The reason for this lies behind limit orders – many market participants watch for breakouts and place their pending orders above or below those levels that accelerate the breakout move.
Common technical levels to trade breakouts include support and resistance levels, trendlines, channels, rectangle and triangle patterns, and head and shoulders patterns, to name a few.
Last but not least, counter-trend trading refers to taking trades in the opposite direction of the underlying trend. Counter-trend traders sell during uptrends and buy during downtrends. While this might sound counterintuitive at first, bear in mind that markets tend to move to their mean over the short-term (mean-reverting), and this strategy aims to take advantage of this market phenomenon.
Counter-trend traders usually do so by selling at important resistance levels and buying at important support levels. Nevertheless, counter-trend trading is somewhat riskier than the other mentioned strategies and should be used only by more experienced traders.
Advantages of Day Trading
Independence: Day trading allows to be independent and to create your own work schedule – you are your own boss. There are plenty of opportunities the next day across the broad spectrum of markets and taking a day off is nothing unusual.
No overnight risk: Any position is usually closed before the trading session is done, therefore, allowing for no additional risk arising from sudden market news after the trading session has completed or the market opened with a gap.
This allows a day trader to have time during which he is not exposed to the market and no attention is required – similar to a regular day job, after which you can spend your free time charging your batteries for the next trading day.
Tight stops: Day traders can use much tighter stops that reduce the maximum potential loss in a single trade. This means that a larger position size with more leverage can be traded in order to amplify the potential return.
Gaining experience: Trading more often means that much more experience in the markets can be gained in a shorter timeframe as the trader sees various price action patterns develop much faster and can later apply this knowledge in longer-term trading.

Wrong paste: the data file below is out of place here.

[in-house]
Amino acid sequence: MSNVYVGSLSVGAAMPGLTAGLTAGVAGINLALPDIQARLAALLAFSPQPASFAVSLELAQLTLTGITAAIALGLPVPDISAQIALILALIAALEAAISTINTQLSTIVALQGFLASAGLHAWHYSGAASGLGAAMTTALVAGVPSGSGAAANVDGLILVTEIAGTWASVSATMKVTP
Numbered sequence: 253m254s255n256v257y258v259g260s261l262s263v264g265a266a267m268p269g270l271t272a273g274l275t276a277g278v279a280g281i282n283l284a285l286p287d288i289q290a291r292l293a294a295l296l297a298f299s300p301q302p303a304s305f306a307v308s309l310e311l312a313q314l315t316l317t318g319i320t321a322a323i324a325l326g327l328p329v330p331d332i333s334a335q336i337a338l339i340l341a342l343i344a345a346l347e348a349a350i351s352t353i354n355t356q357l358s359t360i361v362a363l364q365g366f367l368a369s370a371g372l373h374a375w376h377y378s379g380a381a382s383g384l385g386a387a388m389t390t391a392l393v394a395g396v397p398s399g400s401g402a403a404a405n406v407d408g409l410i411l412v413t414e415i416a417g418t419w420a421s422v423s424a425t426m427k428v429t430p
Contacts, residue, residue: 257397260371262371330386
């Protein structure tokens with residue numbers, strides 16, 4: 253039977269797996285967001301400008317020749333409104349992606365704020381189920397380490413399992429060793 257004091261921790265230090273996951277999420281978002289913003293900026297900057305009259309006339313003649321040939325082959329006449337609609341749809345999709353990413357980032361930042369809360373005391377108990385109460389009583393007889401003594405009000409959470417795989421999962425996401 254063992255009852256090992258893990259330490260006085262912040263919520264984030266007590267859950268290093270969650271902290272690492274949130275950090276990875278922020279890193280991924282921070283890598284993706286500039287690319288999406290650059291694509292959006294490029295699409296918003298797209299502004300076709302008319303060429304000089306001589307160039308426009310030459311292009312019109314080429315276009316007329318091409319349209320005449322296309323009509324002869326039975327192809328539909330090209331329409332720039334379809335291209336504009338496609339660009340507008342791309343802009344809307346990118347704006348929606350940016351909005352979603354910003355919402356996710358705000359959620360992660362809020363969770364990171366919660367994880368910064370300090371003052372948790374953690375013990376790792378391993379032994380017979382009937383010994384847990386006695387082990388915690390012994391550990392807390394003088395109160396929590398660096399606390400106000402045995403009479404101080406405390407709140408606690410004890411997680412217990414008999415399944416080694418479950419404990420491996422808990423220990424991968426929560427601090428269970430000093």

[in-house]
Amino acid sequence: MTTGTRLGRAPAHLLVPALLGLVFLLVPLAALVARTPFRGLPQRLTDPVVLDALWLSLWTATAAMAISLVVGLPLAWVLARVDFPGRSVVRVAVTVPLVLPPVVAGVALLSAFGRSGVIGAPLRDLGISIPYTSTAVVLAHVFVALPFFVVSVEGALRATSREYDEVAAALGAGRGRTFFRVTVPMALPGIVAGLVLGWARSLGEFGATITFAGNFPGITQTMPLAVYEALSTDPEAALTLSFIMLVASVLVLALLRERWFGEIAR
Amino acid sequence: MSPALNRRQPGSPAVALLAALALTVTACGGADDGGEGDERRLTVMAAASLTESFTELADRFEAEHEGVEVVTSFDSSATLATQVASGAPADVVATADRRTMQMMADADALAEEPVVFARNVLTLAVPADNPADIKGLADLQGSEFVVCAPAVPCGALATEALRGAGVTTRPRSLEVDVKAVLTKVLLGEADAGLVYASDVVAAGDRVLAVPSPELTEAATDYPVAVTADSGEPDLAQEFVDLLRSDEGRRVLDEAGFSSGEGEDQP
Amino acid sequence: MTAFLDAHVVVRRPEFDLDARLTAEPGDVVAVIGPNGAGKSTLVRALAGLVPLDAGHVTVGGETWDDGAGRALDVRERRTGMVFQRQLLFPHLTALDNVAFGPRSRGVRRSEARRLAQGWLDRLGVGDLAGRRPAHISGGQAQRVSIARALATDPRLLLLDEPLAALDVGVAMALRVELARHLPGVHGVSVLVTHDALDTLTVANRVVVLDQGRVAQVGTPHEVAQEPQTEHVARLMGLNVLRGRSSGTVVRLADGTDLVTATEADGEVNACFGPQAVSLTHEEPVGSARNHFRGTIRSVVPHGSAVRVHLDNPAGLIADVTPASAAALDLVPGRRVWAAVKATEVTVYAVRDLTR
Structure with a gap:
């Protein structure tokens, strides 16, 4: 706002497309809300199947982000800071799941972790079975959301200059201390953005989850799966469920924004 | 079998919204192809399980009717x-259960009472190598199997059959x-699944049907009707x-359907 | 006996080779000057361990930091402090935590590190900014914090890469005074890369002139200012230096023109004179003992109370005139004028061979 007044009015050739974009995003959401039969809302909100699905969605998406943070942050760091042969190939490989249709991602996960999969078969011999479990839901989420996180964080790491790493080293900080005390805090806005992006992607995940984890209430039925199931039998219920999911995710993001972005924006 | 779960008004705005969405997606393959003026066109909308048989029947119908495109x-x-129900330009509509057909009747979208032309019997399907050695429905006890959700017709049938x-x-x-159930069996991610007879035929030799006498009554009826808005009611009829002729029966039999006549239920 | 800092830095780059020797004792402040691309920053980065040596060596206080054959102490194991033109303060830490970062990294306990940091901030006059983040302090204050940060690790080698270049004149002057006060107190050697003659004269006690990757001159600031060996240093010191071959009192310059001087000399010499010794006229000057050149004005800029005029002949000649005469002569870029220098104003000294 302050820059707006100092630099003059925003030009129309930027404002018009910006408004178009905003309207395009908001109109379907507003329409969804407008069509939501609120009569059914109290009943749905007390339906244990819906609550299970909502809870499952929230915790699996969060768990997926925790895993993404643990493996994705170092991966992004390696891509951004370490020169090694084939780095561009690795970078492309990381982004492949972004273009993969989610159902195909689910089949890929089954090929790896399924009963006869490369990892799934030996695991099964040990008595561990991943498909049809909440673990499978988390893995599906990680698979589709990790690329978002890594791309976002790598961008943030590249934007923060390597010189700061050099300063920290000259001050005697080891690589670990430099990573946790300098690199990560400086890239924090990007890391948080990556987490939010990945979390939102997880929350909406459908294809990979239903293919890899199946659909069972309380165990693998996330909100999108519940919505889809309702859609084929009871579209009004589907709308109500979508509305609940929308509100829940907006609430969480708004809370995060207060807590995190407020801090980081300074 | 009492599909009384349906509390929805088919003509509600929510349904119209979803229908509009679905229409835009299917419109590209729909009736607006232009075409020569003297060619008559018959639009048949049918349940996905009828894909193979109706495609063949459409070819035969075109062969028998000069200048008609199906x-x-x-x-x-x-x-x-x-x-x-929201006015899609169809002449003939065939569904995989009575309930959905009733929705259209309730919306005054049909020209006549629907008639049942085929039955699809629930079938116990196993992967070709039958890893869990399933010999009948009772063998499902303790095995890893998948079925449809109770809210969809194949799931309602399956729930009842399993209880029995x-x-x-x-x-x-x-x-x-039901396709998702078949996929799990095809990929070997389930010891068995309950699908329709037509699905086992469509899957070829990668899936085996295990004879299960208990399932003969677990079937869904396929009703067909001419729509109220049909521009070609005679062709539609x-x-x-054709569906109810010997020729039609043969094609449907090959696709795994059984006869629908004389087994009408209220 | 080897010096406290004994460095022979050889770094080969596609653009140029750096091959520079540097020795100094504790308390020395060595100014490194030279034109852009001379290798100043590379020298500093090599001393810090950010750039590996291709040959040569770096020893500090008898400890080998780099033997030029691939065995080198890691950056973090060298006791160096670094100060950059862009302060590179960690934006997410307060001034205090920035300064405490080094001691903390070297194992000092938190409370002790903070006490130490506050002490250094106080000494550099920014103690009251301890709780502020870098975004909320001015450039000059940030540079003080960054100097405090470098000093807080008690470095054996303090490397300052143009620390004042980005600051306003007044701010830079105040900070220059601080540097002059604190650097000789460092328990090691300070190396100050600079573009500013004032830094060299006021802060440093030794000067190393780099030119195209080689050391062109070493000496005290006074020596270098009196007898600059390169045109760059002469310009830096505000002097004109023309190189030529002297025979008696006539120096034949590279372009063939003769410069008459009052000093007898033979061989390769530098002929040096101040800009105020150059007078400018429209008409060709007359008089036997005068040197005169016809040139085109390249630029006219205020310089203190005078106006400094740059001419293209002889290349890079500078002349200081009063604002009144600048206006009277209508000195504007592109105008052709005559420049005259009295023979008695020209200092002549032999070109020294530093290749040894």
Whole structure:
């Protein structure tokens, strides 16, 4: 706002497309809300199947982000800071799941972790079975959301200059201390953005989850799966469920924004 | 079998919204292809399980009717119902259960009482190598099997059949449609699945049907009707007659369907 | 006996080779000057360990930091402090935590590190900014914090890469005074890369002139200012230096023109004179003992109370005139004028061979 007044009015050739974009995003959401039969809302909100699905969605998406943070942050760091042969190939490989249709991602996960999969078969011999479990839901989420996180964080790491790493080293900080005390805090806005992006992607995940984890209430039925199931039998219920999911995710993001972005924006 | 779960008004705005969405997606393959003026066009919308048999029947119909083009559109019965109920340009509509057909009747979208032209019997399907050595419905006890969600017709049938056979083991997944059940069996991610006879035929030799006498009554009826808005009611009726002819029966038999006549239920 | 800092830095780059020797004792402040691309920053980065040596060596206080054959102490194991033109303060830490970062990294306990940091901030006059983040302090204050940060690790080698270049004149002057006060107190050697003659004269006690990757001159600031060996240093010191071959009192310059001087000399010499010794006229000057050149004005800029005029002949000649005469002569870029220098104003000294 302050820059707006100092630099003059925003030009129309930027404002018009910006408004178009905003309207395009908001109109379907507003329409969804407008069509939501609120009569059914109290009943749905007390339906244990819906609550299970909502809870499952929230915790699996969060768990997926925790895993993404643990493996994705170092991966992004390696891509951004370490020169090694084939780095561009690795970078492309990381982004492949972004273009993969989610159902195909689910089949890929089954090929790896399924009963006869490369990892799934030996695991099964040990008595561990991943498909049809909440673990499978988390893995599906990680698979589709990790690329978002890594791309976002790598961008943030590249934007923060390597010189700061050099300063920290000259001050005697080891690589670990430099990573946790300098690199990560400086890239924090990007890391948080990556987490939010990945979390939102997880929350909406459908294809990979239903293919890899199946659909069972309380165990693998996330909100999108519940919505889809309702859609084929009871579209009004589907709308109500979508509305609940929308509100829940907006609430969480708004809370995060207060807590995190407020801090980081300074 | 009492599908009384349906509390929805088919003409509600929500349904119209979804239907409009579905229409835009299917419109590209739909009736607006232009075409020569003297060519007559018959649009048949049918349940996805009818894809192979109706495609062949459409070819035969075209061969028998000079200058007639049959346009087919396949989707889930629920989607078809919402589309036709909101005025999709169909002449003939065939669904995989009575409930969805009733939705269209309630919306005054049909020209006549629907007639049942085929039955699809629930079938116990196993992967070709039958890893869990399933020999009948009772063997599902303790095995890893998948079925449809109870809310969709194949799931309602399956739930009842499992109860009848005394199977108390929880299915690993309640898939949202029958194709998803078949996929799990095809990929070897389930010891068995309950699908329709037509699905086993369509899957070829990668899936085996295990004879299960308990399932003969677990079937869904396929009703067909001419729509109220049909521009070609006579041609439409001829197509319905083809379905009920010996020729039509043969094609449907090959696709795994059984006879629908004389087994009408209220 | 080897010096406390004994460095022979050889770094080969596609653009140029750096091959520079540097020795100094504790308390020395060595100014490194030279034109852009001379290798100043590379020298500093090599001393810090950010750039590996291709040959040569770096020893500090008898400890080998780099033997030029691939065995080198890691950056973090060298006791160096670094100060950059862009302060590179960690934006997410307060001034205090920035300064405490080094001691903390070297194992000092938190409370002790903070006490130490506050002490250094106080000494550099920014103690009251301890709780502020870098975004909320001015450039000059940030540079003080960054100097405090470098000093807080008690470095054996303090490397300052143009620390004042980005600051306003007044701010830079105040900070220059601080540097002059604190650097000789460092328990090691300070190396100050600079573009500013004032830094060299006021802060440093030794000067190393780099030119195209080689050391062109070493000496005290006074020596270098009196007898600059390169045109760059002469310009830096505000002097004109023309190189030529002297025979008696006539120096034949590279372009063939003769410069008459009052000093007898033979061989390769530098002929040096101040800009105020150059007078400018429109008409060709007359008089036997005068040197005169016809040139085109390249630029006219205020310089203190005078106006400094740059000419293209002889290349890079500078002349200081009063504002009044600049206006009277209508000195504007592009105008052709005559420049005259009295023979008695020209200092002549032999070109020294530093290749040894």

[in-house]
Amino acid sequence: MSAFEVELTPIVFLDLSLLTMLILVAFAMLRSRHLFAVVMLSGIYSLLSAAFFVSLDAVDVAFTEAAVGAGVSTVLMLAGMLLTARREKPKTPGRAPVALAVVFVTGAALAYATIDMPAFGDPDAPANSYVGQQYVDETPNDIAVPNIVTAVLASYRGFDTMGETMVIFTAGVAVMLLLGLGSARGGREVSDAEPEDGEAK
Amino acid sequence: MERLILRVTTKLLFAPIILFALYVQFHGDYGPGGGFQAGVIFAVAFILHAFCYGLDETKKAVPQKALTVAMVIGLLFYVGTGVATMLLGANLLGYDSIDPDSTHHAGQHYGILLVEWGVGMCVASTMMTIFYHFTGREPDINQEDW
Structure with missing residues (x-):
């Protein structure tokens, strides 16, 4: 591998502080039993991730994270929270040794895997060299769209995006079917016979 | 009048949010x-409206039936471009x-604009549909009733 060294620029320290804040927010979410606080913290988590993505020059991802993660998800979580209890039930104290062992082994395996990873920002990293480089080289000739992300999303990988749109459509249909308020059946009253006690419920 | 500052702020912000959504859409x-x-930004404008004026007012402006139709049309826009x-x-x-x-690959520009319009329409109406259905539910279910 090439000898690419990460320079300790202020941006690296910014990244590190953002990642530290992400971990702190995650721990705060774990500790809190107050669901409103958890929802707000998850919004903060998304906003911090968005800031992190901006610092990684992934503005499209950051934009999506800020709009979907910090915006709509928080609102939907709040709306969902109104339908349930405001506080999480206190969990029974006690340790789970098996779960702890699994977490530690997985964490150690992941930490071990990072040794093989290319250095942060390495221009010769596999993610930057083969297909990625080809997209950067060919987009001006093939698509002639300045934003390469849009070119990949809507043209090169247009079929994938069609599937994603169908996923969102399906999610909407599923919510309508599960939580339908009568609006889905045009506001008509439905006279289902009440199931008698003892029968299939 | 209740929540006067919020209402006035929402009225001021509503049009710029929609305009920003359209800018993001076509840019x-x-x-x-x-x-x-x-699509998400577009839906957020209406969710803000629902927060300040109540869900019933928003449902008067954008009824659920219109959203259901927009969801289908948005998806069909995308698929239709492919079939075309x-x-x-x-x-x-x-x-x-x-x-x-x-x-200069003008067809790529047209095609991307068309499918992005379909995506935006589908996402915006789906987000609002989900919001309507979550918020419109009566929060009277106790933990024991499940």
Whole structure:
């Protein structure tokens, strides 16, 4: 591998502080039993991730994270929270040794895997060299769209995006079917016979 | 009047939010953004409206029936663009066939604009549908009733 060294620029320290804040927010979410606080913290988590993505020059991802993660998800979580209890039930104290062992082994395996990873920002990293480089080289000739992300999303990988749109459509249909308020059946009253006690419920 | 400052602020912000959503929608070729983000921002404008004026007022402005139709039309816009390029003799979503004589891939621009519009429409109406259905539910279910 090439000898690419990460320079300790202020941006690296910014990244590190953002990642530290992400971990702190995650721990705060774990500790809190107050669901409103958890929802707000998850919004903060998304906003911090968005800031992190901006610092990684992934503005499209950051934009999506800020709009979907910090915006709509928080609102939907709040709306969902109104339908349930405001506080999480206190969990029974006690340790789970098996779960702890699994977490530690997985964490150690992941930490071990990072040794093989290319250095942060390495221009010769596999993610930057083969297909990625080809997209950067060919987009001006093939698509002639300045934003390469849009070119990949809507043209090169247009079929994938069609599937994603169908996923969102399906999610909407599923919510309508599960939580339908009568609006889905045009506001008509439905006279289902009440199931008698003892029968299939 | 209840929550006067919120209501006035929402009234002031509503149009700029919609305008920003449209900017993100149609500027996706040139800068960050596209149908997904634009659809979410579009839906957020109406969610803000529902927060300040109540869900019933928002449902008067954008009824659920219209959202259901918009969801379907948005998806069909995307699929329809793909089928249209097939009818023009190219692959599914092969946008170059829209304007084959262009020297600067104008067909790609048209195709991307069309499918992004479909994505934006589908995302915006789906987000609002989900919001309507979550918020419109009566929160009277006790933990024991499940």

Excitement: Day trading can be much more exciting than longer-term trading styles as there is always something going on in the markets.
Downsides of Day Trading Compared to Other Trading Styles
Required attention: Day trading requires to spend a lot of time in front of screens and usually requires a full commitment to it. Managing a regular day job and day trading can be quite difficult, as opposed to swing traders who need to dedicate less screen-time in order to find new trade setups, check up on existing ones, and spend the rest of their day working a day job.
Stress: Day traders have to be focused every day for a long period of time. Therefore, good psychological and physiological endurance is crucial as the increased stress can wear you down as opposed to longer-term trading styles. Staying healthy, active, and paying attention to diet is quite important for day traders.
Calm hours and low liquidity: Price volatility and liquidity are important for a day trader to make returns and enter/exit the market as fast and efficiently as possible. During calm and illiquid market hours, day traders might not find enough trading opportunities. Plus, the risk of low liquidity can reduce the potential profit, since entering/exiting a slow market can lead to slippage in the price. This, however, does not impact longer-term traders to a large extent.
The use of leverage: Since day traders usually use high leverage, losses can quickly add up if several positions go against the desired outcome in a short amount of time. Those can be stressful times for day traders who have the habit to follow their open trades all day long.
Trading costs: Frequent trading increases the total amount of commissions paid and can eat into realised profits, especially when markets are calm and bid-ask spreads widen.
Well, Should You Become a Day Trader?
The answer depends on your own preferences and lifestyle. If you want to commit to trading full-time and can stay focused for long periods of time without difficulty, day trading can be an attractive trading style for you.
However, if you have a full-time job or other responsibilities and don’t want to or simply can’t spend hours every day checking the market, you would be better off with swing or position trading. Nevertheless, to fully understand whether a particular trading style suits your needs, you need to give it a try for a few weeks or months.
One could start as a swing trader and add some day trades for a more diversified approach. After a few profitable months, try to gradually shift to a full-time day trading style as you become more confident with the price action of the market and your own decision-making ability.
Alternatively, a day trader can also transition into a medium-term swing trader if the lifestyle of a day trader no longer seems appealing and other commitments keeps him away from spending the time required to monitor the markets for short-term price action.
Last but not least, if a combo of trading styles seem appealing to you, why not combine them and diversify your trading approach?
There are many traders who successfully combine different trading styles.